Military training is unique in that it involves learning how to, literally, put your life in someone else’s hands on the modern battlefield. In basic training, soldiers are assigned a “battle buddy” or in more advanced training like Ranger School, a “ranger buddy.” The soldiers so paired help each other pass inspections, shine boots, make beds, mop floors, clean weapons, pass classes, learn topics and work together during battlefield training and assorted live-fire exercises. It is an awesome responsibility. Many soldiers who wash out of training either didn’t have a competent ranger buddy or were themselves incompetent.
Basic training also emphasizes the “team concept” over the “lone wolf.” For every Alvin York or Audie Murphy, there are thousands of dead guys with something to prove. The Army certainly doesn’t discourage individual gallantry, but it stresses how crucial it is to think rationally, rely on your team members, and function as a whole rather than as a thousand individuals.
Such training prepares soldiers for life after the armed forces, too. Although most civilian jobs do require life-threatening work, people who were once accountable for keeping someone else alive usually handle workforce pressure much easier than those who weren’t. In fact, as some Army training films point out, “it’s no wonder so many of today’s white-collar workforce started out green.”
Many films about the Army do depict it accurately. John Wayne may have had an undone chin strap, but there isn’t an easier way to be told to “drop” and do push-ups than have your chin strap undone. Other movies portray weapon mishaps and bullets flying everywhere on a post for comedic effect; in reality, spraying bullets anywhere but downrange in a controlled environment on post would result in severe disciplinary action, possibly even a court martial. Some even show schoolboy high jinks loaded with sexual innuendo and toilet humor as part and parcel of Army training. Nothing could be further from the truth. Sure, soldiers-in-training laugh and joke like anyone else while relaxing, but training time is serious business.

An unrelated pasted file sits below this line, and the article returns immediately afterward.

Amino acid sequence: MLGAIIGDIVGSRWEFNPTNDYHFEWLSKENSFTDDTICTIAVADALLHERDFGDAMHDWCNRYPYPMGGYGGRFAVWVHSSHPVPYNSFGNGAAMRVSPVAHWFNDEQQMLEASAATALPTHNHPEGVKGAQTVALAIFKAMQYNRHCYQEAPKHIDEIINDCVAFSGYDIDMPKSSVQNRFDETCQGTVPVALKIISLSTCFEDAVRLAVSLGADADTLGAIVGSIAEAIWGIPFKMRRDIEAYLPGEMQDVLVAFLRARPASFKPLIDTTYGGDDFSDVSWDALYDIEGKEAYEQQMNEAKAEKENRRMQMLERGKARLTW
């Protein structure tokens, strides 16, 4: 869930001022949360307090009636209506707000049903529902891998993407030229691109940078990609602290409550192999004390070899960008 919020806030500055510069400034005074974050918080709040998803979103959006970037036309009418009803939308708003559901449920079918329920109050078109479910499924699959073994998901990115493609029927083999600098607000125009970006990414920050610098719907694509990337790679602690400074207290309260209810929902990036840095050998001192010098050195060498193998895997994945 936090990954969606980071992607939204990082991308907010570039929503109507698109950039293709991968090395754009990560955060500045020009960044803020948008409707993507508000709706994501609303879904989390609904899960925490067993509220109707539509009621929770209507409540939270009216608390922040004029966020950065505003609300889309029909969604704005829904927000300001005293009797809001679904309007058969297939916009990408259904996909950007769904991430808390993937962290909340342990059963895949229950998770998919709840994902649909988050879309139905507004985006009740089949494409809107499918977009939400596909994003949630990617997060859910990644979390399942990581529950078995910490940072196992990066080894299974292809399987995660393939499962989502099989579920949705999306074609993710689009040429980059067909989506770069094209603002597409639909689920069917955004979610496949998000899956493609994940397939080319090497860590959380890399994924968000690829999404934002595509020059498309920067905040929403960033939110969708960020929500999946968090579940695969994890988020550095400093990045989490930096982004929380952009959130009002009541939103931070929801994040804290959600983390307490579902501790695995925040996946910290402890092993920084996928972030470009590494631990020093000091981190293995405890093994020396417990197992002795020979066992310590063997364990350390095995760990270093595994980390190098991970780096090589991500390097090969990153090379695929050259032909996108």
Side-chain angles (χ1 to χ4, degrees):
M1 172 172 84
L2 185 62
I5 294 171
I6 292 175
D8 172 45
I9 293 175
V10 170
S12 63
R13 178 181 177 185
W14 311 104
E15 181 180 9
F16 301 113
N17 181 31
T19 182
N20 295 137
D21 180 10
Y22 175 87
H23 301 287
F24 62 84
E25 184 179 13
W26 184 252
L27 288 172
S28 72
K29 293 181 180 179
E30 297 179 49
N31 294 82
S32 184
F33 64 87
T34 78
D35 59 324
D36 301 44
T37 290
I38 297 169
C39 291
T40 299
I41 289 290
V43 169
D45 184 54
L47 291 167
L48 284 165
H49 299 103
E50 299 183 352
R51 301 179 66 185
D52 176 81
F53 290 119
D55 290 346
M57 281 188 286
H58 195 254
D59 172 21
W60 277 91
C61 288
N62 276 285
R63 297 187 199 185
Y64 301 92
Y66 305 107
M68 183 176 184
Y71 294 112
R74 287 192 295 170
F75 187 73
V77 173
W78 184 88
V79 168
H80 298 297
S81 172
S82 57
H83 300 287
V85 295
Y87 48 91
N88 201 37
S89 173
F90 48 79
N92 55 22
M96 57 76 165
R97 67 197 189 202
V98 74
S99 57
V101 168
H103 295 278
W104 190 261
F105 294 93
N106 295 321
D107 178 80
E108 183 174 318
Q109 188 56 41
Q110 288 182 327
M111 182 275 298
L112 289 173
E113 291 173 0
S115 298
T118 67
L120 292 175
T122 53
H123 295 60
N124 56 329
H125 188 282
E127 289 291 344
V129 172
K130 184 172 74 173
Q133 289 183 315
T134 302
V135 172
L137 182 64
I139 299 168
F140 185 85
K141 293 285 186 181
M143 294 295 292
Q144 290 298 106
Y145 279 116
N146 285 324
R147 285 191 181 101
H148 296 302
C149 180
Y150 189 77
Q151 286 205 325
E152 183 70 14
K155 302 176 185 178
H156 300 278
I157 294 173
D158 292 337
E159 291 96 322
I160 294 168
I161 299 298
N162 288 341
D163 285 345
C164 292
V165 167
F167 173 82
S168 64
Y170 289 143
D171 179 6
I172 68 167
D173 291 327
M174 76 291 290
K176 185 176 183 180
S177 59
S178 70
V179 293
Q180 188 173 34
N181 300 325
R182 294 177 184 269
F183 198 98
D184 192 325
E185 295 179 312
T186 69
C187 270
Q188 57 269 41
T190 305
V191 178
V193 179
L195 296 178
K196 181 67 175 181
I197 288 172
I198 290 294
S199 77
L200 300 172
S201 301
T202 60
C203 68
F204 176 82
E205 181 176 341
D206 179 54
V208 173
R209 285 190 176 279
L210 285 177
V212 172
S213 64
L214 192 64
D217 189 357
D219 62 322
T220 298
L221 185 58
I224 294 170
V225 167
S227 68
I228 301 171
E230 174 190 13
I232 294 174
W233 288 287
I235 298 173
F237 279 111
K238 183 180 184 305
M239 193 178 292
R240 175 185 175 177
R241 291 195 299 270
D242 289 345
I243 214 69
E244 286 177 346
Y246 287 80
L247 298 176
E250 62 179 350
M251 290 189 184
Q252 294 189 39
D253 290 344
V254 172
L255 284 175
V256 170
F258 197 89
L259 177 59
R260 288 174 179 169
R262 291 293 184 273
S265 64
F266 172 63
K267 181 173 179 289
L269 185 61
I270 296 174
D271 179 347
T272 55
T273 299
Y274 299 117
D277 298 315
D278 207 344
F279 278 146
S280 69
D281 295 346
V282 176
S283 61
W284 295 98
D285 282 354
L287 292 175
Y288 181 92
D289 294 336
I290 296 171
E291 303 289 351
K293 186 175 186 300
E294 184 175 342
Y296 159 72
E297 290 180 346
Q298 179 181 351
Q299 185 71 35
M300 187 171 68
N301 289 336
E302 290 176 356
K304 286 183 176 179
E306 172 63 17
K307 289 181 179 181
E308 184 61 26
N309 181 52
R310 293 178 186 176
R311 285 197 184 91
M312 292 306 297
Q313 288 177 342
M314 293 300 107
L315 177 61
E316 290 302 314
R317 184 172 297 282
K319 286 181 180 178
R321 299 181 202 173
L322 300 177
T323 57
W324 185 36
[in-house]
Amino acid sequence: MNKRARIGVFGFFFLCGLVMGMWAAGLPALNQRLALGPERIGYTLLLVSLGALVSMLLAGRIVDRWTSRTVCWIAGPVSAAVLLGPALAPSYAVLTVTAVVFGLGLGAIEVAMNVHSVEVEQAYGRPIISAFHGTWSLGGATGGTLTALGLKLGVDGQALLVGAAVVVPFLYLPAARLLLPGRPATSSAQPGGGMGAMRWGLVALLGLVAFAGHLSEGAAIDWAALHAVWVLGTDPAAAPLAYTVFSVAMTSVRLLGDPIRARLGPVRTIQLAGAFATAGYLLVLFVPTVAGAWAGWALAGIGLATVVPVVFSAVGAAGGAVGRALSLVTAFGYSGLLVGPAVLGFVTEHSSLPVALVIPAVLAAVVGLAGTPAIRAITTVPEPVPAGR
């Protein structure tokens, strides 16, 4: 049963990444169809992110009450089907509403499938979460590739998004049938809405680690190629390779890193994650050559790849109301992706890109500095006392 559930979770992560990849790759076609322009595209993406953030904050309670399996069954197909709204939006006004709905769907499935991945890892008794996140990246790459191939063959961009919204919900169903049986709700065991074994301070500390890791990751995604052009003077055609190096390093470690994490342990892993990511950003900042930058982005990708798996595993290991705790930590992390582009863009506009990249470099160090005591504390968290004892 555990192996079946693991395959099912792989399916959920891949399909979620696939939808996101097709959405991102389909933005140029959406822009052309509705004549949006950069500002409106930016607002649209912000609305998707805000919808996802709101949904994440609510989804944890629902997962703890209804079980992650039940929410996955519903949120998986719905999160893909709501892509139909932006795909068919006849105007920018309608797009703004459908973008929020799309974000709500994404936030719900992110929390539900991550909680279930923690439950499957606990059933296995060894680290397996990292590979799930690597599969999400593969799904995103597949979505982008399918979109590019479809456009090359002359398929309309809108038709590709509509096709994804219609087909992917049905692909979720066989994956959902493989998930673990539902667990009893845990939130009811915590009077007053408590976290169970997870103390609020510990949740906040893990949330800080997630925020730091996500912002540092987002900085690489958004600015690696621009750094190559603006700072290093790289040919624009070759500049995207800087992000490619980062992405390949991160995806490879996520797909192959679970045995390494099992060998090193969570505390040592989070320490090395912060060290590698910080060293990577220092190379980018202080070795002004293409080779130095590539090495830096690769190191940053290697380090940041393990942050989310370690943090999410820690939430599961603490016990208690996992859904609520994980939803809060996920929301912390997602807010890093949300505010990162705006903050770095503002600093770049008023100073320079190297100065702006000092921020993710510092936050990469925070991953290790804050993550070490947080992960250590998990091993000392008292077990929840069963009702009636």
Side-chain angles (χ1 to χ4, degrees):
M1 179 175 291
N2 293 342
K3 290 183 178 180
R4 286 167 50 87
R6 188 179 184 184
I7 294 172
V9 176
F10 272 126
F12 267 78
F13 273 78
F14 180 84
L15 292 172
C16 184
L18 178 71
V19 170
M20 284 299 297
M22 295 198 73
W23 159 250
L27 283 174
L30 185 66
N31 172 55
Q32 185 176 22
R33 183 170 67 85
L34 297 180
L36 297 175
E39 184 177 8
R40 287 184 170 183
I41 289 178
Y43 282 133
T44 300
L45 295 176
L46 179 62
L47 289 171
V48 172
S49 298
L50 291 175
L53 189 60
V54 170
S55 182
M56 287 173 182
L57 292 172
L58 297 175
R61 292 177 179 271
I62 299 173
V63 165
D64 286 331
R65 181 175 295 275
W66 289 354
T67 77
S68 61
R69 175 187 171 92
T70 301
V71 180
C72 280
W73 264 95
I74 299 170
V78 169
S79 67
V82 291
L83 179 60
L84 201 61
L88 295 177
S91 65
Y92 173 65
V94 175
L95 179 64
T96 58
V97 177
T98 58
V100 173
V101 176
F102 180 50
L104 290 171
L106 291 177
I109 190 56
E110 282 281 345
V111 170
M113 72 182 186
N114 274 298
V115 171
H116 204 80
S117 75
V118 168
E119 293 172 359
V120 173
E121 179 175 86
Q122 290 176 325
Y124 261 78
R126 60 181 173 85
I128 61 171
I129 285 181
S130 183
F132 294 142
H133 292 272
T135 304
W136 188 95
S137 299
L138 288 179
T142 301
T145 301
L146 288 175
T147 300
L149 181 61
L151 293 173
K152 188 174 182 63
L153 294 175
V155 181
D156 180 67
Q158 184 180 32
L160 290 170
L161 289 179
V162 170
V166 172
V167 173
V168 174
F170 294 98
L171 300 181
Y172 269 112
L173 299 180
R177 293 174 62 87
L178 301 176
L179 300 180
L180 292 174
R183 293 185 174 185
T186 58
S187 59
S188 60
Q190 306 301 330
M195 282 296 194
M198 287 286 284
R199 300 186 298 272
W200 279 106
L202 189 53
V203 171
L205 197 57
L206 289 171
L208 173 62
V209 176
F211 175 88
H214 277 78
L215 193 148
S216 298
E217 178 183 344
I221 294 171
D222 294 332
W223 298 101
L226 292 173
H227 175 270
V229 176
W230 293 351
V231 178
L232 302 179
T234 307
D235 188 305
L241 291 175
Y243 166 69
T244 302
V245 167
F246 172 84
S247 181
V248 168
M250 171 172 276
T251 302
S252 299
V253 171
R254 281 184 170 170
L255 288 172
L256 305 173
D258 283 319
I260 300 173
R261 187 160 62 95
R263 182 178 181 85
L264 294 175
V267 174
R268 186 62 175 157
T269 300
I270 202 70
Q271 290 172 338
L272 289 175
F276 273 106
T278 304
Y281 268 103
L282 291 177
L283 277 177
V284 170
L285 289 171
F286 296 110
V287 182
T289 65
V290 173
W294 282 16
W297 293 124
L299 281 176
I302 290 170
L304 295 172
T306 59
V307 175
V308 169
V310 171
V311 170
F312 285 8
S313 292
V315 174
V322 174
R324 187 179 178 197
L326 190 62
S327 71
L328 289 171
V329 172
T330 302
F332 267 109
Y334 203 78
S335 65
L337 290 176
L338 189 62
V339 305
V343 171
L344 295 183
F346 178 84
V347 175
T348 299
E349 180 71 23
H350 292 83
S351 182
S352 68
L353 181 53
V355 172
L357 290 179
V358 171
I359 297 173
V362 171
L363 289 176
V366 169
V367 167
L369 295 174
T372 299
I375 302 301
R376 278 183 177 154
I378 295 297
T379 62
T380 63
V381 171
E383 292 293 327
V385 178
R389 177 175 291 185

Other military films are downright gritty in their realism. A prime example is Wolfgang Petersen’s “Das Boot,” which shows the rigors, triumphs and, more often than not, heartbreaks of service on a German U-boat during World War II. Oliver Stone’s “Platoon” is another example: The actors actually went through an abbreviated form of basic training for the movie. Its depiction of Vietnam pulled no punches and even included an unwarranted killing of a civilian and the murder, however well-deserved, of a fellow soldier who was the murderer’s superior.
Perhaps most gritty of all, military documentaries deal full-bore with the horrors of war. The number of people killed during World War II, for example, tops 60 million, and the Germans and Japanese were the primary ones who committed atrocities. New documentaries that cover the needless slaughter of Poles at Katyn have only recently come out with the release of some of the Russian/Soviet archives. It is the change in current political climate that often prompts the release of many “unexplored stories”.
Among the many untold stories coming out of World War II, included that of the exiled Polish Air Force that traveled to France, Belgium and England to carry the fight to the Axis. Outlined in Gerald M. Kochan’s exemplary 1998 film “White Eagle in Borrowed Skies,” the Polish fliers distinguished themselves wherever they flew. As a unit, for example, they were responsible for more than 200 aerial-combat victories over the Luftwaffe during the Battle of Britain.
Borrowing from Cornelius Ryan’s 1974 novel “A Bridge too Far,” Kochan plans an even more ambitious documentary film about Operation Market Garden and Bernard Montgomery’s smug vilification of the Polish paratroopers whom he had hung out to dry through faulty planning and drops into hot landing zones far from the objective. Ryan asserted that the Allies swept the giant failure of the 1944 attack under the rug, and the new documentary seeks to explore not only this but also what other options the Allies had.
A successful military officer, foreign-service officer and civilian who supports the Defense Department through innovative education and logistics development, Kochan has been involved with the armed forces ever since graduating from Miami University in Ohio in 1978. Commissioned that year, he served with distinction his entire career. He also is a veteran of Desert Storm and the Iraq War.